Book of the Month
New Dictionary of American slang


Publisher: Harper & Row
Author: Robert Chapman Ph.D
$51.00

ISBN 0-060181157

American English


A frustrated student once remarked to me 'I understood every word that you just said to me, and nothing of the meaning of the sentence'. The reason for his incomprehension was that I had used colloquial English, where the meaning of the phrase had little to do with the meaning of the words in it. What happened with this student also happens to anyone who has watched a TV production designed for an American audience. At some point there's a sentence along the lines of 'Watch him knock back some mountain dew and you'll see why his monicker is paper belly'. (Translation: Watch him quickly drink some illegally brewed liquor, and you will see why he has a nickname which means 'someone who cannot handle the taste of strong alcohol'). Any non-American watching a programme loaded with such slang really needs a dictionary to keep up. And such a dictionary exists. It is the New Dictionary of American Slang by Dr Robert L. Chapman, a US academic who has spent a lifetime studying English as it is spoken in the USA - or 'this side of the pond' as American slang would have it.

The book starts with an introduction and a preface. As might be expected of a book written by a professor, both of these are very academic in their style, and attempt to define why slang is different from jargon, and which linguistic groups various slang words come from. It also points out that slang is more likely to use insluting expressions than polite ones, and mentions that there are many words for a badly-behaved young woman (bozette, tramp etc) but few for a well-behaved one. This review copy of the book shows its age in not giving 'Sandra Dee' for the latter, though this may have been corrected in later editions.
  After the preface there follow 485 pages of words and their definitions. There are no illustrations. Each definition also gives the origin of the word where this is known. For example it gives the definition of a gangster's girlfriend as a 'moll' saying that the word comes from English in the 1700s, but does not mention that the word ultimately derives from 'moglie' (pronounced 'mol-yeh', meaning 'wife') in Italian.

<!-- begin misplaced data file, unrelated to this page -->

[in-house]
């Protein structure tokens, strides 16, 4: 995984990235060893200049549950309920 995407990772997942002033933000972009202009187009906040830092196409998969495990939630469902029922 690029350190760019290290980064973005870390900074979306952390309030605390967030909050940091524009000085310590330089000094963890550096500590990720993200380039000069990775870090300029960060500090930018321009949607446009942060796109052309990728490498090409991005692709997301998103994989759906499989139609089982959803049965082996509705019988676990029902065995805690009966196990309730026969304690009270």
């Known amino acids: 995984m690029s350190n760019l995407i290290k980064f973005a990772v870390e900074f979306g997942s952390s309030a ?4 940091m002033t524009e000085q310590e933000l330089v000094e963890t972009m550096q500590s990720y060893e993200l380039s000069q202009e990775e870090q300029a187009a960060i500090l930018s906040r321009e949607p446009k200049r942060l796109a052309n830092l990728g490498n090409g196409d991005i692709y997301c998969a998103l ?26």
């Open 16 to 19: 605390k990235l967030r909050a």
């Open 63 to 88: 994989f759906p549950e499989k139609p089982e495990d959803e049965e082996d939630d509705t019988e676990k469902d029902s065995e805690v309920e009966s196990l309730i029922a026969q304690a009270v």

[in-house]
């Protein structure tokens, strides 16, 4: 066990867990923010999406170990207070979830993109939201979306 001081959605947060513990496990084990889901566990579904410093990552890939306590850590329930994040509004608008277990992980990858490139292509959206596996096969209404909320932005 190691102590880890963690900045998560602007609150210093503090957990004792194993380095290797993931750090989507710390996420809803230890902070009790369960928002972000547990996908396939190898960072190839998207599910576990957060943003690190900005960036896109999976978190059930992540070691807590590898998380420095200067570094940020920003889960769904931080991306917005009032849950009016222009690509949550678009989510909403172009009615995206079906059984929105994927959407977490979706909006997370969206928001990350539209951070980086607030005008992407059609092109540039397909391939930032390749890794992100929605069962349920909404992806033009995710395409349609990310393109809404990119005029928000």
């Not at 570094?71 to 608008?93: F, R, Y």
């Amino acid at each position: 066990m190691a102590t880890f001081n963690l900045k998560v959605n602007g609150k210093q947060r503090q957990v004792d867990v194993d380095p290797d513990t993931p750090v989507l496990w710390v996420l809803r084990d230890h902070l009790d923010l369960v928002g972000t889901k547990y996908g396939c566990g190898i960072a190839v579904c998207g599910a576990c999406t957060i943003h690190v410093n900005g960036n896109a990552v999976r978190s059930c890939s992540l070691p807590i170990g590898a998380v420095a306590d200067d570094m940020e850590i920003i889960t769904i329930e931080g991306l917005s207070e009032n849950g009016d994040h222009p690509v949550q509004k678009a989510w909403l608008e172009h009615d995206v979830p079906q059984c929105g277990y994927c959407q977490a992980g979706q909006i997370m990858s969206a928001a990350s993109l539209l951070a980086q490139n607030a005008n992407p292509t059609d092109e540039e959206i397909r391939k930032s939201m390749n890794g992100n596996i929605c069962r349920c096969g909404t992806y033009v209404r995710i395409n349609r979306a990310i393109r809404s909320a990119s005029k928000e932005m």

A useful feature of the dictionary is that it tells us when a particular slang word was fashionable and if it is now out of date. So showy clothes worn to a club or a party changed from a 1930s 'zoot suit' to the 1960s 'glad rags' to modern 'dunta-dunts'. Incidentally a 'Salmo Dinner Jacket' is a lumberjack shirt named after the town Salmo in the mountains of British Columbia, Canada. Checking some words can also help to clear up confusion. To the British 'Scouse' means from around the area of Newcastle. In American slang Scouse is a poorly-prepared meal. Likewise a 'turkey' and a 'penguin' are not only birds but are also respectively something that underperforms badly and a member of the air force who is not a pilot.

Who is this book for? Anyone who is occasionally confused or bamboozled by American slang will find this book useful, and it is also fun to dip into for zingy new expressions. (You will find some real doozies!) On the other hand, most slang expressions these days can be looked up for free on online websites such as the Urban Dictionary. Parents should note that Dr Chapman's dictionary is comprehensive, and therefore includes both taboo language and apparently innocent expressions which are slang for some hair-raising sex acts. Use with caution.

Verdict: Good, but outdated by the internet
Assessment 7/10
 
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